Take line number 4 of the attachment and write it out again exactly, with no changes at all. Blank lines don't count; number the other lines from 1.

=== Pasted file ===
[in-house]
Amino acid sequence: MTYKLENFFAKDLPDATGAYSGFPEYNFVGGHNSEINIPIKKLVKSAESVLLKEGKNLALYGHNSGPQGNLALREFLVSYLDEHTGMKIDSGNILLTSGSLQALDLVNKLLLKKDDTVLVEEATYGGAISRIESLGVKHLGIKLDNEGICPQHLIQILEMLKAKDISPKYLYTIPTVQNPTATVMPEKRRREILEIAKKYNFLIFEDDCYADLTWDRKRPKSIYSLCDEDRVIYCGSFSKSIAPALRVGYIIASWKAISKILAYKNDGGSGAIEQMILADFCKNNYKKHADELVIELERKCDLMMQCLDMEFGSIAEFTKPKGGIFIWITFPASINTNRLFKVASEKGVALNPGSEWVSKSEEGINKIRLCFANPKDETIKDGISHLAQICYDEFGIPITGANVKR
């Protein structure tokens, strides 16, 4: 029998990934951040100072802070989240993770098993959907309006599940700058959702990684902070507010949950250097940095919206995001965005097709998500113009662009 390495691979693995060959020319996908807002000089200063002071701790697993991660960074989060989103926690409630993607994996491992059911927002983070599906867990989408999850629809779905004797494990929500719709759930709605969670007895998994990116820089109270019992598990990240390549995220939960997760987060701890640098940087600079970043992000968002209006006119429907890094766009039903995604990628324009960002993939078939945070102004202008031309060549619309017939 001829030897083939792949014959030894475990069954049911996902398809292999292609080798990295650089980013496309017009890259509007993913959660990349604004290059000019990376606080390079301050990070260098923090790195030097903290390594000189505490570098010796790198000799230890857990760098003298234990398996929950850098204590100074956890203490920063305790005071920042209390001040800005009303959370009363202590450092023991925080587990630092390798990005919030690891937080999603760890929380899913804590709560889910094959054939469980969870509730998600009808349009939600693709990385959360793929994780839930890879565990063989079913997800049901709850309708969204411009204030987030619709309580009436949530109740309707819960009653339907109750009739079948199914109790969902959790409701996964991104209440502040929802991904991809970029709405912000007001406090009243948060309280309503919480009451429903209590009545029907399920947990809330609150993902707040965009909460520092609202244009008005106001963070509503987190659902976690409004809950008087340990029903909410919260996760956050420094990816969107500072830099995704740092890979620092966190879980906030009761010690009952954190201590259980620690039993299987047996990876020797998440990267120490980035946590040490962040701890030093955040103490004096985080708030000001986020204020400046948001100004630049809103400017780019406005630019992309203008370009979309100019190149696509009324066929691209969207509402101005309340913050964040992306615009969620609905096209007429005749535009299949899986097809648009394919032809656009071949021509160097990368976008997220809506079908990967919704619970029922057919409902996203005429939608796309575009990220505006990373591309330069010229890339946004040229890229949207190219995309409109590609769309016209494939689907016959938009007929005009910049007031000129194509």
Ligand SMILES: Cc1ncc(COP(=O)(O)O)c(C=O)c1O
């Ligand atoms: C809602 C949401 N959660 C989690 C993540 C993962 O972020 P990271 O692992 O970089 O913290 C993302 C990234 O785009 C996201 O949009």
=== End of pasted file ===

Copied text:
Ligand SMILES: Cc1ncc(COP(=O)(O)O)c(C=O)c1O